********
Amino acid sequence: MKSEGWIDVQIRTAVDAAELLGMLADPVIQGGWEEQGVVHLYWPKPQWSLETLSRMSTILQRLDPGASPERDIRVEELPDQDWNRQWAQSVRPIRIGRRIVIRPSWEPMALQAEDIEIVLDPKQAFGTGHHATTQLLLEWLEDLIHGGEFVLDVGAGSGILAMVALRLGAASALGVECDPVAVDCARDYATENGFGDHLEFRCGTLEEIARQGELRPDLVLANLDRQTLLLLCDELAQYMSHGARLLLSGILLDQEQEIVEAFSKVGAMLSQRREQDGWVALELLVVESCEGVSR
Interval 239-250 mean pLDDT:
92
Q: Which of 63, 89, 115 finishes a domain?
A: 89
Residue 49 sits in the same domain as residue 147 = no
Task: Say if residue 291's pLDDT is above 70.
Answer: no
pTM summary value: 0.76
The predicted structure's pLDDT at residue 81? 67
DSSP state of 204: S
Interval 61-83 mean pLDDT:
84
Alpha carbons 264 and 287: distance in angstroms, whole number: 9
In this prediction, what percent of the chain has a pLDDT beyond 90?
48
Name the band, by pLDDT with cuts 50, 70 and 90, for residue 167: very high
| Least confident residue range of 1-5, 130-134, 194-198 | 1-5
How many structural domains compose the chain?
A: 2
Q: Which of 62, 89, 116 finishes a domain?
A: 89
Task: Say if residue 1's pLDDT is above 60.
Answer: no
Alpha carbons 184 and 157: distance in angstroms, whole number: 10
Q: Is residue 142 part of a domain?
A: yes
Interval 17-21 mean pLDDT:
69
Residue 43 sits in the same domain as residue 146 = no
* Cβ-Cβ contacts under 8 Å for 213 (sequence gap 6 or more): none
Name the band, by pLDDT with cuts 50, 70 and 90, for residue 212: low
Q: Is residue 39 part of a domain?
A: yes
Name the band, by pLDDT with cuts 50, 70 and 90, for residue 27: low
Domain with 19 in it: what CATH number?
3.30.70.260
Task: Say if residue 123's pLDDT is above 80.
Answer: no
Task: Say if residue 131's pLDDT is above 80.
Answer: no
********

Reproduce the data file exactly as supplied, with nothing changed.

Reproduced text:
Amino acid sequence: MKSEGWIDVQIRTAVDAAELLGMLADPVIQGGWEEQGVVHLYWPKPQWSLETLSRMSTILQRLDPGASPERDIRVEELPDQDWNRQWAQSVRPIRIGRRIVIRPSWEPMALQAEDIEIVLDPKQAFGTGHHATTQLLLEWLEDLIHGGEFVLDVGAGSGILAMVALRLGAASALGVECDPVAVDCARDYATENGFGDHLEFRCGTLEEIARQGELRPDLVLANLDRQTLLLLCDELAQYMSHGARLLLSGILLDQEQEIVEAFSKVGAMLSQRREQDGWVALELLVVESCEGVSR
Interval 239-250 mean pLDDT:
92
Q: Which of 63, 89, 115 finishes a domain?
A: 89
Residue 49 sits in the same domain as residue 147 = no
Task: Say if residue 291's pLDDT is above 70.
Answer: no
pTM summary value: 0.76
The predicted structure's pLDDT at residue 81? 67
DSSP state of 204: S
Interval 61-83 mean pLDDT:
84
Alpha carbons 264 and 287: distance in angstroms, whole number: 9
In this prediction, what percent of the chain has a pLDDT beyond 90?
48
Name the band, by pLDDT with cuts 50, 70 and 90, for residue 167: very high
| Least confident residue range of 1-5, 130-134, 194-198 | 1-5
How many structural domains compose the chain?
A: 2
Q: Which of 62, 89, 116 finishes a domain?
A: 89
Task: Say if residue 1's pLDDT is above 60.
Answer: no
Alpha carbons 184 and 157: distance in angstroms, whole number: 10
Q: Is residue 142 part of a domain?
A: yes
Interval 17-21 mean pLDDT:
69
Residue 43 sits in the same domain as residue 146 = no
* Cβ-Cβ contacts under 8 Å for 213 (sequence gap 6 or more): none
Name the band, by pLDDT with cuts 50, 70 and 90, for residue 212: low
Q: Is residue 39 part of a domain?
A: yes
Name the band, by pLDDT with cuts 50, 70 and 90, for residue 27: low
Domain with 19 in it: what CATH number?
3.30.70.260
Task: Say if residue 123's pLDDT is above 80.
Answer: no
Task: Say if residue 131's pLDDT is above 80.
Answer: no